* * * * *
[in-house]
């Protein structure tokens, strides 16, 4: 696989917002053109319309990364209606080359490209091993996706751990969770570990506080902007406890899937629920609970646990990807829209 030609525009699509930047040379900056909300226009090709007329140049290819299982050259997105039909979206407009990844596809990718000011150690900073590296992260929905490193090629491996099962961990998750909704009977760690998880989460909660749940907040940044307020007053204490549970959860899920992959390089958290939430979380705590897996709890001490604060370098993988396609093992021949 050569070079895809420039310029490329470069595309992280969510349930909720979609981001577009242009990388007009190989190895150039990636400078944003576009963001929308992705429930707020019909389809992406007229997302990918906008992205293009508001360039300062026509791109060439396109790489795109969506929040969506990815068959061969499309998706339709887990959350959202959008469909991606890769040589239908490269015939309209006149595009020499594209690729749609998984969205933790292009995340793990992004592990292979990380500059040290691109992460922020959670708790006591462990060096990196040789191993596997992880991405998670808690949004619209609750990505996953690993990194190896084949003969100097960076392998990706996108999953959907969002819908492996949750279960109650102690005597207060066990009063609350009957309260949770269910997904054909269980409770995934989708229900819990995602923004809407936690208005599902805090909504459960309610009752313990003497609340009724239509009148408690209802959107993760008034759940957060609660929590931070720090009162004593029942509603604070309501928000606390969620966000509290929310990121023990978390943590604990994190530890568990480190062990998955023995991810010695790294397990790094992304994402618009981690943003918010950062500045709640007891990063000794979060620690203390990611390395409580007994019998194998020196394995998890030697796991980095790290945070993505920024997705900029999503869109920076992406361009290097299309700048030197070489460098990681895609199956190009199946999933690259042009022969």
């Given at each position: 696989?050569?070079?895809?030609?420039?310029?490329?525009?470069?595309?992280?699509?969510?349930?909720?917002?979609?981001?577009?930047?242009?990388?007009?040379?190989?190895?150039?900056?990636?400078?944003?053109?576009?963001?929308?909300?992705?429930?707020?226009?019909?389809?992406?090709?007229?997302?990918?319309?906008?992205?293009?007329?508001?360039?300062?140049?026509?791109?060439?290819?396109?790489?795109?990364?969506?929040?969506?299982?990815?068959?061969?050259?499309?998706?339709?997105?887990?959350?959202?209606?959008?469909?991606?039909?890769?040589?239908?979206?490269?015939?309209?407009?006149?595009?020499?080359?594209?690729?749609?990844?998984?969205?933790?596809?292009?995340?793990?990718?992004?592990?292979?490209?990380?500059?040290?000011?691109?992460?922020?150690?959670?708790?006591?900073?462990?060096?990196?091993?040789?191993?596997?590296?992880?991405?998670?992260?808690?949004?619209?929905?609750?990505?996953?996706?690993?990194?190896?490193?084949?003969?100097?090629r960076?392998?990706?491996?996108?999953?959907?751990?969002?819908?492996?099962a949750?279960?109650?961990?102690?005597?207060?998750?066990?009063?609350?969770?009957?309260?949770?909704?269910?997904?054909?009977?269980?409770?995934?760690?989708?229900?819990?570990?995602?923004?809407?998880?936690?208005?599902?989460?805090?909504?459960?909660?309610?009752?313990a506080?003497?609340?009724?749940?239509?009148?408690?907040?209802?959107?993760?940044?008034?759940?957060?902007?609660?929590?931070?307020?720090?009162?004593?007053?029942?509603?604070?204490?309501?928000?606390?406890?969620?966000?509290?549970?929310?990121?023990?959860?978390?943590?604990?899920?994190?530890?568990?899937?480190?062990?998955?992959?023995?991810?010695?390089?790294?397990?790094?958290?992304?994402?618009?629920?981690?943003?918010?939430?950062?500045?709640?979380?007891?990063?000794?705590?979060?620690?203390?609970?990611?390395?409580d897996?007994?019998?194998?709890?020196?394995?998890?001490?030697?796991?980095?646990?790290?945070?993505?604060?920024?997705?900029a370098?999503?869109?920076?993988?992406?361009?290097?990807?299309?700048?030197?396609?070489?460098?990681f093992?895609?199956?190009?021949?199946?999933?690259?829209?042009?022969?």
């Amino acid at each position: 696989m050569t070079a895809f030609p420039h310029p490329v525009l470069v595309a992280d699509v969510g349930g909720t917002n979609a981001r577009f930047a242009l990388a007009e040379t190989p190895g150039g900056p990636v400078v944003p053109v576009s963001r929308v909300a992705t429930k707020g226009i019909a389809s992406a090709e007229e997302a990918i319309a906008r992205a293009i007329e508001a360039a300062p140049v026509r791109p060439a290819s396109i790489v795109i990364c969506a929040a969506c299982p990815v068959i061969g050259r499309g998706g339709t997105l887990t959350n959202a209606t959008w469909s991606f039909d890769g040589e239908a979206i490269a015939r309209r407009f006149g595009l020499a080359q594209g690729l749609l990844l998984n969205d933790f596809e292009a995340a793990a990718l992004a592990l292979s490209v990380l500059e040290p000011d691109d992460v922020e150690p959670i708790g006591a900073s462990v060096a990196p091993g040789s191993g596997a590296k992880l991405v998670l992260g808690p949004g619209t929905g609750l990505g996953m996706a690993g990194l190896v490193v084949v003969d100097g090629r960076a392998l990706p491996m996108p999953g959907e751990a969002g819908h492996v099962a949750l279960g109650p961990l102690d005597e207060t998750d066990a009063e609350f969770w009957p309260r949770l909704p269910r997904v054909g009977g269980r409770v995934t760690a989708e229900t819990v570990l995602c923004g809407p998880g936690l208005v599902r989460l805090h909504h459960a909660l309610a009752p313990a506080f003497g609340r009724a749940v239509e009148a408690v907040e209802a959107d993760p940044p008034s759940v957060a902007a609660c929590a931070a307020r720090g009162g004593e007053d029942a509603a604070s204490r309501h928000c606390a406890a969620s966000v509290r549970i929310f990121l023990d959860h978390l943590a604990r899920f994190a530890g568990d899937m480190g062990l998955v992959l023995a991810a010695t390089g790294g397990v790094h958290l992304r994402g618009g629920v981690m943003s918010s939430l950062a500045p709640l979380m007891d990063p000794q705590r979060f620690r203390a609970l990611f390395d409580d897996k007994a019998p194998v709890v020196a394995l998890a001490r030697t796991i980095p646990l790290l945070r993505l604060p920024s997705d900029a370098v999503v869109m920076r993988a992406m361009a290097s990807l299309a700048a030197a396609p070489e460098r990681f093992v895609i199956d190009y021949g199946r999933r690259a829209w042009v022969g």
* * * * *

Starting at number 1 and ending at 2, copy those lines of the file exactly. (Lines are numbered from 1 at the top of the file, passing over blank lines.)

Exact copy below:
[in-house]
């Protein structure tokens, strides 16, 4: 696989917002053109319309990364209606080359490209091993996706751990969770570990506080902007406890899937629920609970646990990807829209 030609525009699509930047040379900056909300226009090709007329140049290819299982050259997105039909979206407009990844596809990718000011150690900073590296992260929905490193090629491996099962961990998750909704009977760690998880989460909660749940907040940044307020007053204490549970959860899920992959390089958290939430979380705590897996709890001490604060370098993988396609093992021949 050569070079895809420039310029490329470069595309992280969510349930909720979609981001577009242009990388007009190989190895150039990636400078944003576009963001929308992705429930707020019909389809992406007229997302990918906008992205293009508001360039300062026509791109060439396109790489795109969506929040969506990815068959061969499309998706339709887990959350959202959008469909991606890769040589239908490269015939309209006149595009020499594209690729749609998984969205933790292009995340793990992004592990292979990380500059040290691109992460922020959670708790006591462990060096990196040789191993596997992880991405998670808690949004619209609750990505996953690993990194190896084949003969100097960076392998990706996108999953959907969002819908492996949750279960109650102690005597207060066990009063609350009957309260949770269910997904054909269980409770995934989708229900819990995602923004809407936690208005599902805090909504459960309610009752313990003497609340009724239509009148408690209802959107993760008034759940957060609660929590931070720090009162004593029942509603604070309501928000606390969620966000509290929310990121023990978390943590604990994190530890568990480190062990998955023995991810010695790294397990790094992304994402618009981690943003918010950062500045709640007891990063000794979060620690203390990611390395409580007994019998194998020196394995998890030697796991980095790290945070993505920024997705900029999503869109920076992406361009290097299309700048030197070489460098990681895609199956190009199946999933690259042009022969």